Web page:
Ishikawa introduced new meaning for “total quality control” which means “company wide quality control”. He described how all employees, from top management to the workers must participate in quality control.
Late 1970s Company wide quality management became common in Japanese companies.
1983 - The National Quality Campaign was launched using BS5750 main theme. The aim was to popularize to the industry the importance of quality for competitiveness and survival in the world market. Since then the International Standardisation Organization (ISO) 9000 became the internationally recognised standard for quality management systems.
TQM is an approach to improving the competitiveness , effectiveness and flexibility of an organization for the benefit of all stakeholders.
It is a way of planning , organizing and undertaking each activity and of removing all the wasted effort and energy that is routinely spent in organizations.
It ensures the leaders to adopt a strategic overview of quality and focus on prevention not detection of problems.
The core of TQM is the customer-supplier interfaces, both externally and internally, and at each interface lie a number of processes . This core must be surrounded by commitment to quality, communication of the quality message, and recognition of the need to change the culture of the organisation to create total quality. These are the foundations of TQM, and they are supported by the key management functions of people , processes and systems in the organisation.
Quality is “Delighting the customer by fully meeting their needs and expectations” . These may include performance, appearance, availability, delivery, reliability, maintainability, cost effectiveness and price.
Quality starts with market research – to establish the true requirements for the product or service and the true needs of the customers.
Every person in the “quality chain” must be trained to ask the ff. questions:
Who are my customers?
What are their true needs and expectations?
How do, or can, I find out what these are?
How I can measure my ability to meet their needs and expectations?
Do I have their capability to meet their needs and expectations? (if not, hat must I do to improve this capability?)
Do I continually meet their needs and expectations?
How do I monitor changes in their needs and expectations?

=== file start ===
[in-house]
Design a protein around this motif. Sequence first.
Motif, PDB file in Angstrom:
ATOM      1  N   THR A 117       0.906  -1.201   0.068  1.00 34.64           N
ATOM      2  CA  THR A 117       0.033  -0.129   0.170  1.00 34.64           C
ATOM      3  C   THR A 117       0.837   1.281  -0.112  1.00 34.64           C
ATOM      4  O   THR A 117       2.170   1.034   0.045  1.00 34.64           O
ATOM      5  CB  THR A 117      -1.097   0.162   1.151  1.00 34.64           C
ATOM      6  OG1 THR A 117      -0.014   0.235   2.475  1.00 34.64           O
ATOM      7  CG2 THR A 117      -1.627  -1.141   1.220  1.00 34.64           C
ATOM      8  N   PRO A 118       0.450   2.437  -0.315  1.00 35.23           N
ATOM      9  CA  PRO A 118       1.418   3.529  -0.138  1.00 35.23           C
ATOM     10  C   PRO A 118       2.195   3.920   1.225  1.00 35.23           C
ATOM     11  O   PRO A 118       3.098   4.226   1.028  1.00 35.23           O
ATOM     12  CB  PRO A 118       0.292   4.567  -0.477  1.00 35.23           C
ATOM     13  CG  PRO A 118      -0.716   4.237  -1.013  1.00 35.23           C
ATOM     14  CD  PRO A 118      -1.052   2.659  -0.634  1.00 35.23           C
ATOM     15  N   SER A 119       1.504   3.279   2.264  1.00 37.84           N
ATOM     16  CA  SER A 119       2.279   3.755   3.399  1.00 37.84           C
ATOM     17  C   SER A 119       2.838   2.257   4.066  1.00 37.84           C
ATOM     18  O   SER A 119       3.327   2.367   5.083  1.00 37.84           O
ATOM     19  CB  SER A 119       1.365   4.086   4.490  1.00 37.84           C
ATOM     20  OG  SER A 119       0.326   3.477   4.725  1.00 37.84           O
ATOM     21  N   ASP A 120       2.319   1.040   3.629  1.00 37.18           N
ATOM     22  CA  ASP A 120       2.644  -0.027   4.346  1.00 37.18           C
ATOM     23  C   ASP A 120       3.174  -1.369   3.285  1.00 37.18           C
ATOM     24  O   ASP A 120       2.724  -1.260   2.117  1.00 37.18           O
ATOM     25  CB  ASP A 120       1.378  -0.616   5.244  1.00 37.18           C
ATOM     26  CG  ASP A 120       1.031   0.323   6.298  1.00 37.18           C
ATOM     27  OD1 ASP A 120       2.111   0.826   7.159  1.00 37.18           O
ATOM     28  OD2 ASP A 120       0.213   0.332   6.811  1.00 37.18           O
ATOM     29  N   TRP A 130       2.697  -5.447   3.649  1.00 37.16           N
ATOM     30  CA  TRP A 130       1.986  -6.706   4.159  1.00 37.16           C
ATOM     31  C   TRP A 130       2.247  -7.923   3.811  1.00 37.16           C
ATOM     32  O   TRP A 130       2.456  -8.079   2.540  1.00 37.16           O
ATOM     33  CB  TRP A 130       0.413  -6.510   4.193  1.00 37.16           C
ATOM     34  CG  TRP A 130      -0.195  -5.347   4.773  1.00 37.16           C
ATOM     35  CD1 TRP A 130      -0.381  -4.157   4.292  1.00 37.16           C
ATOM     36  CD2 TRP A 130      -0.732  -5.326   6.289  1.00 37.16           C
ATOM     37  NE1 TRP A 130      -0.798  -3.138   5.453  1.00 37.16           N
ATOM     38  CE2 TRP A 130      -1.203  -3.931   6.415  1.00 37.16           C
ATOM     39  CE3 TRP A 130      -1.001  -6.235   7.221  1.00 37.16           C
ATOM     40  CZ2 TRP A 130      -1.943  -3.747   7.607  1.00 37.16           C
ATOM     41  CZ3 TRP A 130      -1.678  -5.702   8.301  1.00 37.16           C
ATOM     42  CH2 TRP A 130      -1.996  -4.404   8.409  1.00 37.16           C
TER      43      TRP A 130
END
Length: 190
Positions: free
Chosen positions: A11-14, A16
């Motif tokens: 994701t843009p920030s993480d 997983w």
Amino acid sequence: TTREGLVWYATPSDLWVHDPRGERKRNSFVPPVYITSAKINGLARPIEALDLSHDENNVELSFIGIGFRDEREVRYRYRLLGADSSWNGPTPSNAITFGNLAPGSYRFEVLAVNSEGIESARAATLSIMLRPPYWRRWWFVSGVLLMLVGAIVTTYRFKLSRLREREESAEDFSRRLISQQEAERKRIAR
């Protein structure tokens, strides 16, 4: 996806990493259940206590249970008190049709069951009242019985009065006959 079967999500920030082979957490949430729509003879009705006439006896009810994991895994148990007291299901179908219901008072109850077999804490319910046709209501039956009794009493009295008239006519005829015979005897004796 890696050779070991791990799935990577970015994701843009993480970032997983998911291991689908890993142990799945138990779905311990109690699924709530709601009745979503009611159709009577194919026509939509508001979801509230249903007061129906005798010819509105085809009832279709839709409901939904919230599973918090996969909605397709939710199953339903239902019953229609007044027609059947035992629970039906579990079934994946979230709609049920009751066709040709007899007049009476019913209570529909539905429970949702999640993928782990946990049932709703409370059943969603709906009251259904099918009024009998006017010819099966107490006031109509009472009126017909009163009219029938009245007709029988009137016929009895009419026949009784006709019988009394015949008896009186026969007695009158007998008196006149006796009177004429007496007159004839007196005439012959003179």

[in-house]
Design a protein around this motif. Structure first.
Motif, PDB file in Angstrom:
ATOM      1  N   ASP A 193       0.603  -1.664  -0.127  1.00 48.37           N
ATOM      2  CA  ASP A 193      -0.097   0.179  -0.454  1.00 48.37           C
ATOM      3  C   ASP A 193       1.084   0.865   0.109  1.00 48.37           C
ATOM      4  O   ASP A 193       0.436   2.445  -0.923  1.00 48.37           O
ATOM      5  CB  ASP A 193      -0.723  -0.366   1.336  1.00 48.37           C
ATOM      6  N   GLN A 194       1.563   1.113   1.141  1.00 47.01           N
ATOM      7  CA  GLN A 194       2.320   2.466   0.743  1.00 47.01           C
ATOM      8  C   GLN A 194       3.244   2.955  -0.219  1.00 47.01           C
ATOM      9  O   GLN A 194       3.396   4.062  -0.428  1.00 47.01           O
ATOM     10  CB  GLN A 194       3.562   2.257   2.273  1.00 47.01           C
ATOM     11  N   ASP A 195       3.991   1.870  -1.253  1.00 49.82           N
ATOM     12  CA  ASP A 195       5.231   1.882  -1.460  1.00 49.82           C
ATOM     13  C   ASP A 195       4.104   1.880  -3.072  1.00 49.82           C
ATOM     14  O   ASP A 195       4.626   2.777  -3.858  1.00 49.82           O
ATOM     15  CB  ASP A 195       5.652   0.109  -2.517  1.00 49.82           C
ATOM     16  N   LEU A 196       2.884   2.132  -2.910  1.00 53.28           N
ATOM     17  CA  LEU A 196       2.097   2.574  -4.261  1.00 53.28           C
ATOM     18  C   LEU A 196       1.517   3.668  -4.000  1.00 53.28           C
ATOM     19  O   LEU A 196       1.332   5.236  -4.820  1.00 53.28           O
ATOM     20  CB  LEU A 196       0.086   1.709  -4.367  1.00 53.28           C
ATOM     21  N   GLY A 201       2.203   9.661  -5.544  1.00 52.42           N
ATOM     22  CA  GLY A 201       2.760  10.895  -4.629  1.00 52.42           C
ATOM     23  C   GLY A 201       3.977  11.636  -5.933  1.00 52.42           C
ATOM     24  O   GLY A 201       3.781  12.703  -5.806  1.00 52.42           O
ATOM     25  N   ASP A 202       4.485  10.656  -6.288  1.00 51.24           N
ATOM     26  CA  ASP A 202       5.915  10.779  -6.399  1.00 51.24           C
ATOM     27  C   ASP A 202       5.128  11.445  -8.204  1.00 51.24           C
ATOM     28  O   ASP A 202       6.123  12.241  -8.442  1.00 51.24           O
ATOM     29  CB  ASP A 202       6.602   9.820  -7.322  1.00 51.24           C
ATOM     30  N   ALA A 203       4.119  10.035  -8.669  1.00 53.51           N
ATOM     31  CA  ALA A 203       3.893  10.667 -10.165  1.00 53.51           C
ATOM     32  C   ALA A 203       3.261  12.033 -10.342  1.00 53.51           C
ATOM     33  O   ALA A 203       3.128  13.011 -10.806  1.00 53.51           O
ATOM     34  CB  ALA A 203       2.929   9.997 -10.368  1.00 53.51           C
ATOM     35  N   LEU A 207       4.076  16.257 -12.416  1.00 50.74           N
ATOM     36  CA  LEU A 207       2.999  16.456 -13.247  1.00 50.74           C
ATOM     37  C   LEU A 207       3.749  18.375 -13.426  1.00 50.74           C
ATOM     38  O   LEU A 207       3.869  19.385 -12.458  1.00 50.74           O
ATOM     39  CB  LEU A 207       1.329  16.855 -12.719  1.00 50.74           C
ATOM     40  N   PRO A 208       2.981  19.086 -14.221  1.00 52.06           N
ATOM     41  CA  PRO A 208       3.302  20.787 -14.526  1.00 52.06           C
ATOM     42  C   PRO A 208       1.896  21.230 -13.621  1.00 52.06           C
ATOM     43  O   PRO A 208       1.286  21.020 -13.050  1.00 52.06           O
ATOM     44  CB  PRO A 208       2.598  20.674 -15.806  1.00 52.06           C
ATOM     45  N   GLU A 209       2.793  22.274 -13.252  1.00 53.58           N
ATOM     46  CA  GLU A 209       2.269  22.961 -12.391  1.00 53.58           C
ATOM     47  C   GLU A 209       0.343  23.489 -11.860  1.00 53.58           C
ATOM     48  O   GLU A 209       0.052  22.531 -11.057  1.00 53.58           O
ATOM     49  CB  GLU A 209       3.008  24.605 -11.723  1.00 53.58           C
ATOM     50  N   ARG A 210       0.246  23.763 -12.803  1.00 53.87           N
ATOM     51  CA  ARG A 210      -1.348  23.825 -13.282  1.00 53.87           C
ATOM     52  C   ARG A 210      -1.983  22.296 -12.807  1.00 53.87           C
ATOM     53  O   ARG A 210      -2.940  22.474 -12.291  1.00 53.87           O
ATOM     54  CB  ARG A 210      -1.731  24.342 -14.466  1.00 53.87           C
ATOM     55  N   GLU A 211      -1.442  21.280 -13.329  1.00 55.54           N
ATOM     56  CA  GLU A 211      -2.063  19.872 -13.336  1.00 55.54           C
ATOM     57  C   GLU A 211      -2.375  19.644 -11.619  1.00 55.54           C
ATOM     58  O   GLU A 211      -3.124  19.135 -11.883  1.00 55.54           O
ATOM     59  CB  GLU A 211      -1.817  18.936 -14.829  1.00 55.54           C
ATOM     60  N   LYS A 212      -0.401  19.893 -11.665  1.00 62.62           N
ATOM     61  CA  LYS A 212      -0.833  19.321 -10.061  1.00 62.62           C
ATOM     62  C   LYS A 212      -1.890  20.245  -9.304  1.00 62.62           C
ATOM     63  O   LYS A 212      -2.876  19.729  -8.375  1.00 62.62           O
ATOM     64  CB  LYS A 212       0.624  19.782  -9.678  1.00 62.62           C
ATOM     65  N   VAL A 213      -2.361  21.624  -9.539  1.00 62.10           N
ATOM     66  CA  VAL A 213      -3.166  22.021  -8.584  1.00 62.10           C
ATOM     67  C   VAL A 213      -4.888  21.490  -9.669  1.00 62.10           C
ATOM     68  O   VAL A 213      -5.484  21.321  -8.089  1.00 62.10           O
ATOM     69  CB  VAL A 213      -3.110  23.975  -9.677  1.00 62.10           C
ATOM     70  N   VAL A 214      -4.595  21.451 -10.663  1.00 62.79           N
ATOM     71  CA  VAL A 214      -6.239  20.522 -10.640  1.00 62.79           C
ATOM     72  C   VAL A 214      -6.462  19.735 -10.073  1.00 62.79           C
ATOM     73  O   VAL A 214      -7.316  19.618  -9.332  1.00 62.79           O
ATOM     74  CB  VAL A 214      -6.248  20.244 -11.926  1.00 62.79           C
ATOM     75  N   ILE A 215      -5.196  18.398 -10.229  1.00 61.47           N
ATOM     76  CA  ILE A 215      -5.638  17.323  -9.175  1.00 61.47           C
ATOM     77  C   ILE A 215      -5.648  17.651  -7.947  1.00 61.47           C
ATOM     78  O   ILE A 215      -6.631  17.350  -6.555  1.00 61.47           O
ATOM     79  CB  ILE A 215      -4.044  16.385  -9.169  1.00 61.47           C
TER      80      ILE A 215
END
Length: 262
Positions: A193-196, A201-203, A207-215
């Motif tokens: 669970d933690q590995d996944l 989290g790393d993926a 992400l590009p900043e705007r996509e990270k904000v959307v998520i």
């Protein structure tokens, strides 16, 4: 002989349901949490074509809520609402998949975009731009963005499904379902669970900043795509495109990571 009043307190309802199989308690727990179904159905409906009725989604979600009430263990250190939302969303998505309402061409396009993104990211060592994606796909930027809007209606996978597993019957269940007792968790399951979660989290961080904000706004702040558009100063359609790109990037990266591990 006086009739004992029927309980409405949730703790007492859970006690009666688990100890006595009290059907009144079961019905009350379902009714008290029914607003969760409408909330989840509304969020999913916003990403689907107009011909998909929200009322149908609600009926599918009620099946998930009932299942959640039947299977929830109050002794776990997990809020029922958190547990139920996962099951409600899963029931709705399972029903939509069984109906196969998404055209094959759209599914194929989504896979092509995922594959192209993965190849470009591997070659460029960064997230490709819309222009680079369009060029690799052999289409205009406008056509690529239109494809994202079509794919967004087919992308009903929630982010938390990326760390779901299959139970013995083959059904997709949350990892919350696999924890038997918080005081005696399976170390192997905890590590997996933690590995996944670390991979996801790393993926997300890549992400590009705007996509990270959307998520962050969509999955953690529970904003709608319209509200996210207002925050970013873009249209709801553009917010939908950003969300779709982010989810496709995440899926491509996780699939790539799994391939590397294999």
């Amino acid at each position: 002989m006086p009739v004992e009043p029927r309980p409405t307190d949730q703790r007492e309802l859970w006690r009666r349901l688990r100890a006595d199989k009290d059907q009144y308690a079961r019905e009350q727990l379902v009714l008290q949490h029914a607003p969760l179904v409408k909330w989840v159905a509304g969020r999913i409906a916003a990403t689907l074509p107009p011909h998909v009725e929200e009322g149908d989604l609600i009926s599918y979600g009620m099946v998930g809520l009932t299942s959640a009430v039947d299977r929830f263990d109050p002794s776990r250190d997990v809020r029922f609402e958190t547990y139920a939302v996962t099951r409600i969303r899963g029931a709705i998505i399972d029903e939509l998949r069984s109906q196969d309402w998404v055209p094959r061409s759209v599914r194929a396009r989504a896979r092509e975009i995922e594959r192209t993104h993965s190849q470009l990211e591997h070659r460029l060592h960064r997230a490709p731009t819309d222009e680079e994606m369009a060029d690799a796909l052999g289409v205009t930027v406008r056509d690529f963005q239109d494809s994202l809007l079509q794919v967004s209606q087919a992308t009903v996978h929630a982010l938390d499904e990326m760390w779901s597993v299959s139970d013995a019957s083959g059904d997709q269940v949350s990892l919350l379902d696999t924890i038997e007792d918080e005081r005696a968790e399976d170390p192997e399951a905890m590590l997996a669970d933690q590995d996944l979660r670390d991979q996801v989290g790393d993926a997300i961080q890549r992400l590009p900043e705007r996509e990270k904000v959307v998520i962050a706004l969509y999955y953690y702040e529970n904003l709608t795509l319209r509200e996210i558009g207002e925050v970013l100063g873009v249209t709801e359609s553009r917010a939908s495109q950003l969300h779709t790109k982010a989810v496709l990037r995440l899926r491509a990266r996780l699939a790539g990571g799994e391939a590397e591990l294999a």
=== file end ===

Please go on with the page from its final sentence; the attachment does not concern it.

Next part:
Being fully aware of customers’ needs and expectations, each person must respect the needs and expectations of their suppliers. The ideal situation is an open partnership style relationship, where both parties share and benefit.
All senior managers must demonstrate their seriousness and commitment to quality, and middle managers must demonstrate their commitment; ensure they communicate the principles, strategies and benefits to the people for whom they have responsibility. Only then the right attitudes spread throughout the organization.
Processes the transformation of a set of inputs, which can include action, methods and operations, into the desired outputs, which satisfy the customers’ needs and expectations.
People who actually do the job or carry out the process, each of which has one or several suppliers and customers. An efficient and effective way to tackle process or quality improvement is through teamwork.
Management systems involves proper adoption and documentation of appropriate management systems
Performance Measurement Once the strategic direction for the organization’s quality journey has been set, it needs Performance Measures to monitor and control the journey, and to ensure the desired level of performance is being achieved and sustained.
By definition, a guru is a good person, a wise person and a teacher. A quality guru should be all of these, and must have a concept and approach to quality within business that has made a major and lasting impact.
W Edwards Deming PDCA Cycle The cycle is about learning and ongoing improvement, learning what works and what does not in a systematic way; and the cycle repeats; after one cycle is complete, another is started.
Juran believed quality is associated with customer satisfaction and dissatisfaction with the product, and emphasised the necessity for ongoing quality improvement through a succession of small improvement projects carried out throughout the organisation.
Feigenbaum is the originator of “total quality control”. He defined total quality control as:
“ An effective system for integrating quality development, quality maintenance and quality improvement efforts of the various groups within an organisation, so as to enable production and service at the most economical levels that allow full customer satisfaction”.
Ishikawa. . . Fishbone or Cause and Effect Diagram The diagram systematically represents and analyses the real causes behind a problem or effect. It organises the major and minor contributing causes leading to one effect (or problem), defines the problem, identifies possible and probable causes by narrowing down the possible ones.
“ Taguchi methodology” is fundamentally a prototyping method that enables the designer to identify the optimal settings to produce a robust product that can survive manufacturing time after time, piece afterpiece, and provide what the customer wants.